When we hear the word “generation” we typically think about our parents. We begin to compare values, and how our generation is so much more liberal and forward thinking than our parents’ generation, that stodgy, highly-conservative veteran or baby boomer generation. However, we fail to think about how our generation is or will be perceived by our children, you know, that odd and sometimes self-centered “next” generation. For the purposes of this blog I will be using the term “next generation,” specifically because I have found the separation line between generation X and Y to be very slight, and in some cases, completely blurry. In addition, when talking about the next generation, it will pertain to those that are currently in the workforce today.
There are four active generations in our workforce at this moment: Veterans, Baby Boomers, Gen X and Gen Y (Millennials). Each one of these generations carries with it specific historical events that have a direct impact on the way they dress, talk, interact, and even work. Identified by the year they were born, but influenced by the years that followed, personal preference and business characteristics are strongly rooted in their upbringing.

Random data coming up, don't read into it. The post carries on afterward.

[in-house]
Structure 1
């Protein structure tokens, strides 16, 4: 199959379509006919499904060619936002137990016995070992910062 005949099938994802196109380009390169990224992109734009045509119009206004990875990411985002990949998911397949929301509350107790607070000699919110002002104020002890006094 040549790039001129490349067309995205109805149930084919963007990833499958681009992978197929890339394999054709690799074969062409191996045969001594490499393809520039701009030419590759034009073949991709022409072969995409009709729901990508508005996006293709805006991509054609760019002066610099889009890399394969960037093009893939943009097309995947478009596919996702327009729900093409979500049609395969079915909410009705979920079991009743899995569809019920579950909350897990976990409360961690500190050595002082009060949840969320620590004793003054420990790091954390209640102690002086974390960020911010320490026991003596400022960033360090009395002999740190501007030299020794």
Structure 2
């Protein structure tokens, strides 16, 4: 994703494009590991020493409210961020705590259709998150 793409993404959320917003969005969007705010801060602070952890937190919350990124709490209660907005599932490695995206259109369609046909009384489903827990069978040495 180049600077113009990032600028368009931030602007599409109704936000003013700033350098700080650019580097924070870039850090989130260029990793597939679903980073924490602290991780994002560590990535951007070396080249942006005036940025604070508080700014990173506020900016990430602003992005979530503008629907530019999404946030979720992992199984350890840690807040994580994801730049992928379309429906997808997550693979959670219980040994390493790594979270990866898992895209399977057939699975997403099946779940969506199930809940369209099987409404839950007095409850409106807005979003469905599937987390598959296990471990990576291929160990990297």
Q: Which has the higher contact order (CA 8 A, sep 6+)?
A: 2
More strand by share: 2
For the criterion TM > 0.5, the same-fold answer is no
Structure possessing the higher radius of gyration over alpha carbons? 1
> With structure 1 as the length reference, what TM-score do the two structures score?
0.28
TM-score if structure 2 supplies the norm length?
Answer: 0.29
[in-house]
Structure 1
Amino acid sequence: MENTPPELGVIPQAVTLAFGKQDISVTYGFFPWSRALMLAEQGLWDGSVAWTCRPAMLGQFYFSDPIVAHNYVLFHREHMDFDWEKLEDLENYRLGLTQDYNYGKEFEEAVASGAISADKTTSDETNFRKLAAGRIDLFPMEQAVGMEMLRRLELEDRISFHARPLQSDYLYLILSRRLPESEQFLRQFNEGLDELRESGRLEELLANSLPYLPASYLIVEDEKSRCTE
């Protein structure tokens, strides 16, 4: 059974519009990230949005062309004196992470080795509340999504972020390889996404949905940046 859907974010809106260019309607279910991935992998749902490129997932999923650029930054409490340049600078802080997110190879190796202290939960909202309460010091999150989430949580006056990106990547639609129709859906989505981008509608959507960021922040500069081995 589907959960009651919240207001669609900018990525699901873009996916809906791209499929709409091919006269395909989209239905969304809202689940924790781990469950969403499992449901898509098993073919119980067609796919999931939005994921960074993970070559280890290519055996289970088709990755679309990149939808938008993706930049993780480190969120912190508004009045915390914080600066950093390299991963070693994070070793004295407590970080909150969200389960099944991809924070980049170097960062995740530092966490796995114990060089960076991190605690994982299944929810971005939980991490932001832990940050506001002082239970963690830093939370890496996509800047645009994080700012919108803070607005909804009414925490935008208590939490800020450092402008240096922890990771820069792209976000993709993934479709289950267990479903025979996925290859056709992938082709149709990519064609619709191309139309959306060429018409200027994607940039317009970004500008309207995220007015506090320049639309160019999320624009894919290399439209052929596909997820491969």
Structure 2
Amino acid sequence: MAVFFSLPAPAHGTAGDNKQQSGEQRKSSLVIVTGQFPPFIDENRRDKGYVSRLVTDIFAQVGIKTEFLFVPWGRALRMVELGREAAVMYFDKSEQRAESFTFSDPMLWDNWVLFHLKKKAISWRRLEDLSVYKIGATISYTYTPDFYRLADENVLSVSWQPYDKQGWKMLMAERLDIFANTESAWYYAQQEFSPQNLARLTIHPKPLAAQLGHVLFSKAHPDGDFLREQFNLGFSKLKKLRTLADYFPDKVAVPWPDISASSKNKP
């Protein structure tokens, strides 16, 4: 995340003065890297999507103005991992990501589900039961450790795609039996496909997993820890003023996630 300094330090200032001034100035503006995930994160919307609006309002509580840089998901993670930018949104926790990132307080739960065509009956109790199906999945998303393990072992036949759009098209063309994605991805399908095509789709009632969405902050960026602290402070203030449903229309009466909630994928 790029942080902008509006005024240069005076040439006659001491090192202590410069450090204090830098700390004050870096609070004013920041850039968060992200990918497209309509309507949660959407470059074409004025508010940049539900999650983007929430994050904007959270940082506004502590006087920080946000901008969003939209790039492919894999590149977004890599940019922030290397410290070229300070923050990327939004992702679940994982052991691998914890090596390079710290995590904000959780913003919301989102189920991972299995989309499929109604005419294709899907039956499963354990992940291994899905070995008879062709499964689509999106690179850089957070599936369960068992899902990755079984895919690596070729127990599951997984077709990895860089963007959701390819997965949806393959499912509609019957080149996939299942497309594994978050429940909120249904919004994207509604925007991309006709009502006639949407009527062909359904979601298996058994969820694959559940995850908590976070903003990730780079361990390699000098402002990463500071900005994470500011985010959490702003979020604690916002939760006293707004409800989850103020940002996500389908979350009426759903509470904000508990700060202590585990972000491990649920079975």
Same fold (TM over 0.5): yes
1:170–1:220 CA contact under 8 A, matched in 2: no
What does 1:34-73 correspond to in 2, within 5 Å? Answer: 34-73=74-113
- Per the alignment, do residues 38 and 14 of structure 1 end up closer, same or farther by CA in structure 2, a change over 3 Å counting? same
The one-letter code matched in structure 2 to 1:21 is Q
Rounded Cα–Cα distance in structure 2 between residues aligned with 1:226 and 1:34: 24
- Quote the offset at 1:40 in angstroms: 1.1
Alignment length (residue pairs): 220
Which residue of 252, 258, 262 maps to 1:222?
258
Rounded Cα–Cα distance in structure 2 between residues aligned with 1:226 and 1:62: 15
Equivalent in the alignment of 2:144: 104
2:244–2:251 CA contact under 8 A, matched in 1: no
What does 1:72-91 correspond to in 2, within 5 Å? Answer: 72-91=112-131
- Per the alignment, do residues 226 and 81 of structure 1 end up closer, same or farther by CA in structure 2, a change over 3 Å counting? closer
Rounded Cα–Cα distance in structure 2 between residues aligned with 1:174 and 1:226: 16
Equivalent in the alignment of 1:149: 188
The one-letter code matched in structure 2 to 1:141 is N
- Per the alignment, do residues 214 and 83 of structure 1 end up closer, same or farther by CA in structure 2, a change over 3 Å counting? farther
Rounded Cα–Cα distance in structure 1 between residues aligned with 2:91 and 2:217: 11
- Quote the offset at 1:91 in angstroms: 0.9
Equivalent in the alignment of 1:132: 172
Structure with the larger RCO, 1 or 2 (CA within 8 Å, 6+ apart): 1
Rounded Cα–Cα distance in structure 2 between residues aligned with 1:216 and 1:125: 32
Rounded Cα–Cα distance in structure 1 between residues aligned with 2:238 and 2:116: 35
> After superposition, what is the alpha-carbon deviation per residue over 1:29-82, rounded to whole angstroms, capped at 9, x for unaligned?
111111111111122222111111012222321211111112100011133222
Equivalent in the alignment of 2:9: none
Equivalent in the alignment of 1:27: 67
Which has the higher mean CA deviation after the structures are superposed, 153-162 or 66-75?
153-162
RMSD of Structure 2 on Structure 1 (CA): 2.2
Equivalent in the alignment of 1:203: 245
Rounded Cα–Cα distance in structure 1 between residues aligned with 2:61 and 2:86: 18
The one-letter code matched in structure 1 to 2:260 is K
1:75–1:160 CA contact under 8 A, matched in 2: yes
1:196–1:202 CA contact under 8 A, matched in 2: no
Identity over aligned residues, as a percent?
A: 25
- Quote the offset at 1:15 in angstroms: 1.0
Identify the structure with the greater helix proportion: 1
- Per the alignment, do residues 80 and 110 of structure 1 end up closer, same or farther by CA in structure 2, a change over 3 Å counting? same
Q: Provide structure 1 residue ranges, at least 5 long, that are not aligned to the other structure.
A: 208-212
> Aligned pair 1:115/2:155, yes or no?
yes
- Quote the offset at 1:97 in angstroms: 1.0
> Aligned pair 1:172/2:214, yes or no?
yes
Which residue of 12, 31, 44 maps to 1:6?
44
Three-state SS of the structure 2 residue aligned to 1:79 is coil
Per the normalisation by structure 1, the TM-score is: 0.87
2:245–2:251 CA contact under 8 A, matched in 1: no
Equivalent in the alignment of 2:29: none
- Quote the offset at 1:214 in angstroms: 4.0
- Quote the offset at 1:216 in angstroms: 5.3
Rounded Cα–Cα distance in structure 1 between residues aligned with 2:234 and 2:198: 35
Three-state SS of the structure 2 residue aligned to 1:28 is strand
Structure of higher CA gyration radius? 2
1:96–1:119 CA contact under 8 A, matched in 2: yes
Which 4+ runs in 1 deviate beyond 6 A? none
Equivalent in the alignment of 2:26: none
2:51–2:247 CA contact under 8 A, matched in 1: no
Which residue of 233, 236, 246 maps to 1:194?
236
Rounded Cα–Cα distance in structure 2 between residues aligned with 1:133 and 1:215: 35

For our Veterans, it was an era of wars and the Great Depression. So is it that farfetched to realize that they might be more regimented, with respect being given to core values? For those looking for a great example of the Veteran Generation in current society, I recommend watching Clint Eastwood in Gran Torino. As someone who grew up in that generation, he portrays a jaded vet plagued by past transgressions who finds redemption in befriending and protecting his Asian neighbors. Or how about our Boomers, having coined the term “make love, not war” as they marched on Washington in protest of the Vietnam War? This generation believed they were indestructible with their hardcore drug use and sexual freedom — only to watch this cruel world snatch the life out of three prominent figures — MLK, JFK, and Lennon. I think it’s sometimes hard for this generation to find a place where they belong. As the middle child, they haven’t had it as bad as their forefathers, which in essence mean they haven’t proven themselves, yet they are behind the eight ball as they try to stay competitive with an ever changing digital age. As a highly technology-driven generation, the “Nexters” (Gen X/Y) are key in helping companies create a virtual web presence as Web 2.0, now 3.0, becomes a must. Influenced by the extravagant lifestyles of their idols, their need to constantly change jobs is more about a means to an end and the realization that nothing is absolute, than a lack of dedication to the duties they perform.